Thu, 01 Jan 2015 00:00:00 GMThttp://hdl.handle.net/10985/99642015-01-01T00:00:00ZMAGNIN, MorganROUX, OlivierCUETO, EliasAMMAR, AmineCHINESTA SORIA, FranciscoIn this work, we begin by considering the qualitative modeling of biological regulatory systems using process hitting, from which we define its probabilistic counterpart by considering the chemical master equation within a kinetic theory framework. The last equation is efficiently solved by considering a separated representation within the proper generalized decomposition framework that allows circumventing the so-called curse of dimensionality. Finally, model parameters can be added as extra-coordinates in order to obtain a parametric solution of the model.Linking Discrete and Stochastic Models: The Chemical Master Equation as a Bridge between Process Hitting and Proper Generalized Decomposition
http://hdl.handle.net/10985/10259
Linking Discrete and Stochastic Models: The Chemical Master Equation as a Bridge between Process Hitting and Proper Generalized Decomposition
CHACELLOR, Courtney; MAGNIN, Morgan; ROUX, Olivier; AMMAR, Amine; CHINESTA SORIA, Francisco
Modeling frameworks bring structure and analysis tools to large and non-intuitive systems but come with certain inherent assumptions and limitations, sometimes to an inhibitive extent. By building bridges in existing models, we can exploit the advantages of each, widening the range of analysis possible for larger, more detailed models of gene regulatory networks. In this paper, we create just such a link between Process Hitting [6,7,8], a recently introduced discrete framework, and the Chemical Master Equation in such a way that allows the application of powerful numerical techniques, namely Proper Generalized Decomposition [1,2,3], to overcome the curse of dimensionality. With these tools in hand, one can exploit the formal analysis of discrete models without sacrificing the ability to obtain a full space state solution, widening the scope of analysis and interpretation possible. As a demonstration of the utility of this methodology, we have applied it here to the p53-mdm2 network [4,5], a widely studied biological regulatory network.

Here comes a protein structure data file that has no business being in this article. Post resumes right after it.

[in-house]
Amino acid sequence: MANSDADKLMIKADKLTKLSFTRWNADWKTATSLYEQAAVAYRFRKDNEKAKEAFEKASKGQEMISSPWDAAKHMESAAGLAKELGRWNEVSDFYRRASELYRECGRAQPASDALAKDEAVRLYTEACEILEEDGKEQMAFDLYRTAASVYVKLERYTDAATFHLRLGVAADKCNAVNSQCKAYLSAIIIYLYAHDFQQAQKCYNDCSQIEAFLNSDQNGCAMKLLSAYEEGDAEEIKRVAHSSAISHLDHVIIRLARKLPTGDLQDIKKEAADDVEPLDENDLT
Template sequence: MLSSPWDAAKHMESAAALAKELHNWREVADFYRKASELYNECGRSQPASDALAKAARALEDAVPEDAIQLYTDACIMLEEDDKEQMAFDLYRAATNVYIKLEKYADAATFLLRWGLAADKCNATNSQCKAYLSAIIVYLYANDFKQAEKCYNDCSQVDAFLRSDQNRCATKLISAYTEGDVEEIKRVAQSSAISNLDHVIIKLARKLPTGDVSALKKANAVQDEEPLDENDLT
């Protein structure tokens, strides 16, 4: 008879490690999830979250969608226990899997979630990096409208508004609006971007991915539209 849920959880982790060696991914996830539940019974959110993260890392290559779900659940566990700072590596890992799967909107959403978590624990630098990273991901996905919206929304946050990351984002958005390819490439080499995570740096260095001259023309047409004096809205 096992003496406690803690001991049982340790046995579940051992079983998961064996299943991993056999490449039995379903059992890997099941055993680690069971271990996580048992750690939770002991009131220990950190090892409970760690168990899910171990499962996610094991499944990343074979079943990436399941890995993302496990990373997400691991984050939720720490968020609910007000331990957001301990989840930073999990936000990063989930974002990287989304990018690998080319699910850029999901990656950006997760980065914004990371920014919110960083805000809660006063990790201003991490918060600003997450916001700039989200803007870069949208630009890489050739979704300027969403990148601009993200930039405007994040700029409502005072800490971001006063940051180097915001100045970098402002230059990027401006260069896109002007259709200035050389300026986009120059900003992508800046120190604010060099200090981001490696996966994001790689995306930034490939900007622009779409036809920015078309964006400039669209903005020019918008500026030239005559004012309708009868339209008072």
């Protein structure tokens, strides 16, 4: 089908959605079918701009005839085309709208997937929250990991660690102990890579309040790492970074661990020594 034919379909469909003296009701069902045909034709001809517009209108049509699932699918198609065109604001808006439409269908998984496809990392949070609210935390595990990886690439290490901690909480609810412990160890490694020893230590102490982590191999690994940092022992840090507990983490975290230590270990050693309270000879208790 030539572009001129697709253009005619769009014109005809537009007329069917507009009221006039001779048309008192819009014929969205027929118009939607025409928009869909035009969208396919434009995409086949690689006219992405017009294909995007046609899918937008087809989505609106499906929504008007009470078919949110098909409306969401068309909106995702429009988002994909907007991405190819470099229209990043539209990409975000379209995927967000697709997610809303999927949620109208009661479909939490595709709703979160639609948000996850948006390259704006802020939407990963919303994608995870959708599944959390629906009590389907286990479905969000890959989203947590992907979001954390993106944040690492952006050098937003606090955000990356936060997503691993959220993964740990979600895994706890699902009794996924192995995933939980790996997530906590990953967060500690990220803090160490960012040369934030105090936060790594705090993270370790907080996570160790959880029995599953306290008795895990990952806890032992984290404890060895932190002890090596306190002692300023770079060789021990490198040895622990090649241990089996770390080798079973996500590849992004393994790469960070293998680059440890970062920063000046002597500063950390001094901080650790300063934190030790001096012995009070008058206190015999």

Tue, 01 Jan 2013 00:00:00 GMThttp://hdl.handle.net/10985/102592013-01-01T00:00:00ZCHACELLOR, CourtneyMAGNIN, MorganROUX, OlivierAMMAR, AmineCHINESTA SORIA, FranciscoModeling frameworks bring structure and analysis tools to large and non-intuitive systems but come with certain inherent assumptions and limitations, sometimes to an inhibitive extent. By building bridges in existing models, we can exploit the advantages of each, widening the range of analysis possible for larger, more detailed models of gene regulatory networks. In this paper, we create just such a link between Process Hitting [6,7,8], a recently introduced discrete framework, and the Chemical Master Equation in such a way that allows the application of powerful numerical techniques, namely Proper Generalized Decomposition [1,2,3], to overcome the curse of dimensionality. With these tools in hand, one can exploit the formal analysis of discrete models without sacrificing the ability to obtain a full space state solution, widening the scope of analysis and interpretation possible. As a demonstration of the utility of this methodology, we have applied it here to the p53-mdm2 network [4,5], a widely studied biological regulatory network.